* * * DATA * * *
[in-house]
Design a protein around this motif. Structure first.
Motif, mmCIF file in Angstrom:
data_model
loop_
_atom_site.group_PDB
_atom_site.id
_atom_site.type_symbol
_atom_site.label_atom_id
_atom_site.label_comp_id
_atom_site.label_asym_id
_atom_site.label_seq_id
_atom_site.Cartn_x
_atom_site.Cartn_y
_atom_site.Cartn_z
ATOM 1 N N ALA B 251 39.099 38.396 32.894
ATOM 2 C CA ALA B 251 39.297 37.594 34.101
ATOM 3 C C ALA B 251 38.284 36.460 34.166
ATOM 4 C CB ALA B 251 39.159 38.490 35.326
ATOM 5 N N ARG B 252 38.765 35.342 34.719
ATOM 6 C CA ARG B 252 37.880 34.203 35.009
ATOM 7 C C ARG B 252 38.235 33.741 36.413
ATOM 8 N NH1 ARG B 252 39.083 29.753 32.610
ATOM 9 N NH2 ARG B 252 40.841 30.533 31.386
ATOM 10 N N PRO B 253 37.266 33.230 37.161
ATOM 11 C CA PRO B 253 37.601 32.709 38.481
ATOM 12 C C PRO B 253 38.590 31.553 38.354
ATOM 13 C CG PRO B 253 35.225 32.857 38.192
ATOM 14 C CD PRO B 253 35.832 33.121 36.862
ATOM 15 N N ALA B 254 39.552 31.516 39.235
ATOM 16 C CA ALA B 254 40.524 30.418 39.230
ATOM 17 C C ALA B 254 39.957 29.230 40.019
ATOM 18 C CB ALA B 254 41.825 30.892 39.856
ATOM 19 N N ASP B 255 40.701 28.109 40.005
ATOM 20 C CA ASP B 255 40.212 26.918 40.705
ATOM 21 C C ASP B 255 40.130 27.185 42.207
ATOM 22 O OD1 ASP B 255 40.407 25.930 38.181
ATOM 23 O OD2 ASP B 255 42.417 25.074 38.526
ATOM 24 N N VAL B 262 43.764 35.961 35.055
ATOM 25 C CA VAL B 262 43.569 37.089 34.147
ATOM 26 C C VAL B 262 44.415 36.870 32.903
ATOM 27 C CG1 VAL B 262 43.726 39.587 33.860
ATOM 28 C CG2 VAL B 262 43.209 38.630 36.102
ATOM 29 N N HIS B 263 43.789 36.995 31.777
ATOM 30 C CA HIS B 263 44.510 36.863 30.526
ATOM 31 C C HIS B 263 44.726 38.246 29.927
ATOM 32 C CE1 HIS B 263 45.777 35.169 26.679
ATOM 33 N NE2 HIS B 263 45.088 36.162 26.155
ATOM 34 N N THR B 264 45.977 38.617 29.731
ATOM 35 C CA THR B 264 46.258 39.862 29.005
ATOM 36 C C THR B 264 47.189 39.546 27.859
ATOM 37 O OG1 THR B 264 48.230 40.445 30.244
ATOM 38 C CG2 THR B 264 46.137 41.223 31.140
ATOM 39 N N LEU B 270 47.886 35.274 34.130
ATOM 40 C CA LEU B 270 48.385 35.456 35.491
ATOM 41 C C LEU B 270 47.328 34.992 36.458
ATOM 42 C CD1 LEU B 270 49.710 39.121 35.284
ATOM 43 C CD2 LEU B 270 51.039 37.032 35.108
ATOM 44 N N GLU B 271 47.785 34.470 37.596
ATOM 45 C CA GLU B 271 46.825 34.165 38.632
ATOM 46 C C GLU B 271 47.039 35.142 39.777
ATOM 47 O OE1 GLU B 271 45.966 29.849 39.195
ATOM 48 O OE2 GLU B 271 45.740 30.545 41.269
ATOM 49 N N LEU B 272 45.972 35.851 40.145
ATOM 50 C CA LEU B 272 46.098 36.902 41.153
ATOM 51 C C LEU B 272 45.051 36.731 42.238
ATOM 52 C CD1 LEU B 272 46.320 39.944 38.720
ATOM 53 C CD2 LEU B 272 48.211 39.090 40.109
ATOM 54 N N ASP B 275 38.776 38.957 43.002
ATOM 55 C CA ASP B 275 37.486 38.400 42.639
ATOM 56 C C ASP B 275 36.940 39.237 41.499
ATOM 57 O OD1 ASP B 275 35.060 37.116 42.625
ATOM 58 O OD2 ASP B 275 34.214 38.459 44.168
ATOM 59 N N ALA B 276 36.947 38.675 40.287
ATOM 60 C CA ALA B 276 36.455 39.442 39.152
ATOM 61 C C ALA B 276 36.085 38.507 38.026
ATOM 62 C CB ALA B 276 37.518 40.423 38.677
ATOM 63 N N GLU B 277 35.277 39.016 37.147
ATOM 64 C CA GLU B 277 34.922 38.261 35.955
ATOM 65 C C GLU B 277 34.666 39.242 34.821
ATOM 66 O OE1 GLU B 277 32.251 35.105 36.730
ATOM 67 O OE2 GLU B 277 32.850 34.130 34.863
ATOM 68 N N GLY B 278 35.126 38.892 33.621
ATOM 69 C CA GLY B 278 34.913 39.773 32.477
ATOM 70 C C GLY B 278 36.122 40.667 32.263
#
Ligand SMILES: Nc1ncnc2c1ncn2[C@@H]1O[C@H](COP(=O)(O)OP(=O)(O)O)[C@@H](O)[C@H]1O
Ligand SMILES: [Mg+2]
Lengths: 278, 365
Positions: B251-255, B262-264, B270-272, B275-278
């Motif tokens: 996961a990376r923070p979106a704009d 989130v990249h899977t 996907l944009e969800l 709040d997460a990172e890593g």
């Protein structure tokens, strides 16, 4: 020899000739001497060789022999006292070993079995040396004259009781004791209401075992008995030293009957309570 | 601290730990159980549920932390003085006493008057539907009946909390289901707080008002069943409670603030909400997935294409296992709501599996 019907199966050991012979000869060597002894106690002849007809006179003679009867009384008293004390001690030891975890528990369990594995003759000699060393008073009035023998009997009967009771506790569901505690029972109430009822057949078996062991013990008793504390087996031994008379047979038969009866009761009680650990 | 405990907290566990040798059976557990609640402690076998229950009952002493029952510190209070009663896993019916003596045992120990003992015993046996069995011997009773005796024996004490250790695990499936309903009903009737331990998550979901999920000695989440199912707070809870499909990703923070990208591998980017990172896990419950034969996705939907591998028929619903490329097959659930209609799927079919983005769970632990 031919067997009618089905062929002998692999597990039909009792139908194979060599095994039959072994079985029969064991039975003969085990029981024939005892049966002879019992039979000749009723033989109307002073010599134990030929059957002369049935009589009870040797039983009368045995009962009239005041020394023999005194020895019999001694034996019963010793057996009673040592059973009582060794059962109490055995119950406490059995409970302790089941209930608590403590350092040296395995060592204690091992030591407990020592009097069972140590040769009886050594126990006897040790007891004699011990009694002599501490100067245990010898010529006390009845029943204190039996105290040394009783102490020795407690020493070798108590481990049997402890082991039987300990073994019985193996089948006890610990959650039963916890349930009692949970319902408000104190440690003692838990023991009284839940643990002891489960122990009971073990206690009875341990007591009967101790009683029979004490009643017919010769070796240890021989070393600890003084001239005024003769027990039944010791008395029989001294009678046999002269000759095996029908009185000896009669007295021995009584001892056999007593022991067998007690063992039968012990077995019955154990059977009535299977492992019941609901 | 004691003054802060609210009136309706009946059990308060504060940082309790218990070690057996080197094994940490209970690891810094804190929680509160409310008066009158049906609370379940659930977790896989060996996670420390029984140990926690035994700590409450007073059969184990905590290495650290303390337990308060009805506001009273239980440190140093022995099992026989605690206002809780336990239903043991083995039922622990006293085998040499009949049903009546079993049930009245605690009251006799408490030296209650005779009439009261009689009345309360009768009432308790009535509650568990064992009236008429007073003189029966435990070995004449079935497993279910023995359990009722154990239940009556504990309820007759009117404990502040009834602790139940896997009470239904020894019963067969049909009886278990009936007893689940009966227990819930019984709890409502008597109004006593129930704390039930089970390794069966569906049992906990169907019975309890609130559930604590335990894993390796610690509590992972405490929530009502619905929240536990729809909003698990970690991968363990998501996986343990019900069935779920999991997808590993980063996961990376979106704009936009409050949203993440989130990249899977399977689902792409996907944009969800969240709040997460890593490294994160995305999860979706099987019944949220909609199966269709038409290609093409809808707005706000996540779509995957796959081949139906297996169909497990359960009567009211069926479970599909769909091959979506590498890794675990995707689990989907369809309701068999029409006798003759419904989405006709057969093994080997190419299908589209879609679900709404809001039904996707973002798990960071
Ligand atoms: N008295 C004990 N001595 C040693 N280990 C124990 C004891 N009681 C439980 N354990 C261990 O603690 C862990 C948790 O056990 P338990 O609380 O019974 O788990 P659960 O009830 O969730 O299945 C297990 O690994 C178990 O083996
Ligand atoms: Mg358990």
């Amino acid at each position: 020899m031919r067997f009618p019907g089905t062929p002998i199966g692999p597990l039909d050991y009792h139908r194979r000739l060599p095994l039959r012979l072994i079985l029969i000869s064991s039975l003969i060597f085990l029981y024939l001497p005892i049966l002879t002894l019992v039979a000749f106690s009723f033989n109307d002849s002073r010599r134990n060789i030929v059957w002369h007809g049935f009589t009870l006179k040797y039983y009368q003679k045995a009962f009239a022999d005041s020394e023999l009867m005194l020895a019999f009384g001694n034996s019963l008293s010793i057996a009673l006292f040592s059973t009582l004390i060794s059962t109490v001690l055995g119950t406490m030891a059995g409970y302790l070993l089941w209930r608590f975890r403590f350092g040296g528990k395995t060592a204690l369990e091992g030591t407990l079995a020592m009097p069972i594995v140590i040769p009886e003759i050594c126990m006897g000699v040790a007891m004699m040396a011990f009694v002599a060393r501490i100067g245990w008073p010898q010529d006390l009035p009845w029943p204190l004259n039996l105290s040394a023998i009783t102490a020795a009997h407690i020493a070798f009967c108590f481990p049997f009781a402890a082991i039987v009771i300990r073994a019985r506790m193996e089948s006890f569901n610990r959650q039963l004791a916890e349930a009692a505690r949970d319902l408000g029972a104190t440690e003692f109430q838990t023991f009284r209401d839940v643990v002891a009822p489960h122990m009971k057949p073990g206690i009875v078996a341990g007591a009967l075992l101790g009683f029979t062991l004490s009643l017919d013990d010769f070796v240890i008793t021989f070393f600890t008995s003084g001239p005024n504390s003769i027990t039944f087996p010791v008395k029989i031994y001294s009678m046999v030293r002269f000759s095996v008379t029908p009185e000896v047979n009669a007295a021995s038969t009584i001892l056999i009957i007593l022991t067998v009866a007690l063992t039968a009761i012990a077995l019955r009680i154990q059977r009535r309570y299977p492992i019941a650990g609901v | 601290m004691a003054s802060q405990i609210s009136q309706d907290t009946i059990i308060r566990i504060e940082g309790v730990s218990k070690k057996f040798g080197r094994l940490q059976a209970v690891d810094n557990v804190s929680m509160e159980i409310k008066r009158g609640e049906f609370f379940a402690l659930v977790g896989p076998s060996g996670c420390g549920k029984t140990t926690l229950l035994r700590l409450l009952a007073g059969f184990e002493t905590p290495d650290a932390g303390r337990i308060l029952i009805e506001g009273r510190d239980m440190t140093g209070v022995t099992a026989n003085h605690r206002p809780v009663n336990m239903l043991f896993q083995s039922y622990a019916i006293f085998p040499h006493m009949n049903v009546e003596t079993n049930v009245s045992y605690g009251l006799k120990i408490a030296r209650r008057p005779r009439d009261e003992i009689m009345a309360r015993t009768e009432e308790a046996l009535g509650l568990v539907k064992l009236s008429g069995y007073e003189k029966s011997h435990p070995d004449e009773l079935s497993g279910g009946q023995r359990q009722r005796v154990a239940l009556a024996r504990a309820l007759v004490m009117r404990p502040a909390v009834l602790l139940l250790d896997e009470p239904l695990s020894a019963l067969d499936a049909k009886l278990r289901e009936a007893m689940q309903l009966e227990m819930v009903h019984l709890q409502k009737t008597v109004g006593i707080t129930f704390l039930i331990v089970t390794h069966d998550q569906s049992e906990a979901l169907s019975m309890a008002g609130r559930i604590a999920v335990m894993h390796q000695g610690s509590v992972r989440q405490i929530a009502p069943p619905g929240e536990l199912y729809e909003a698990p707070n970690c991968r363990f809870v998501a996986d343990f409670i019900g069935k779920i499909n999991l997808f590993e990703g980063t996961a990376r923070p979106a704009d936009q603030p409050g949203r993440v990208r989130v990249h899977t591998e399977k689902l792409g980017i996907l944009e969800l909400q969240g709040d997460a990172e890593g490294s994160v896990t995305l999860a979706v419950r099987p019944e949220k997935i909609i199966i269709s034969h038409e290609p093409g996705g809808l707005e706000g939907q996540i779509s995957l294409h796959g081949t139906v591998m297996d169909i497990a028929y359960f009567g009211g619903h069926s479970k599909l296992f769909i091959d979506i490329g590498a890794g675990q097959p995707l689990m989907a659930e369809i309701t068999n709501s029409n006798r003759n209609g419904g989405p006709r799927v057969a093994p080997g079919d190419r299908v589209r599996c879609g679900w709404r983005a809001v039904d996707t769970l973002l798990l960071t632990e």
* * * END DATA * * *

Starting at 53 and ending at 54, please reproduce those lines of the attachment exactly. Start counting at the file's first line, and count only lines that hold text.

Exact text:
ATOM 38 C CG2 THR B 264 46.137 41.223 31.140
ATOM 39 N N LEU B 270 47.886 35.274 34.130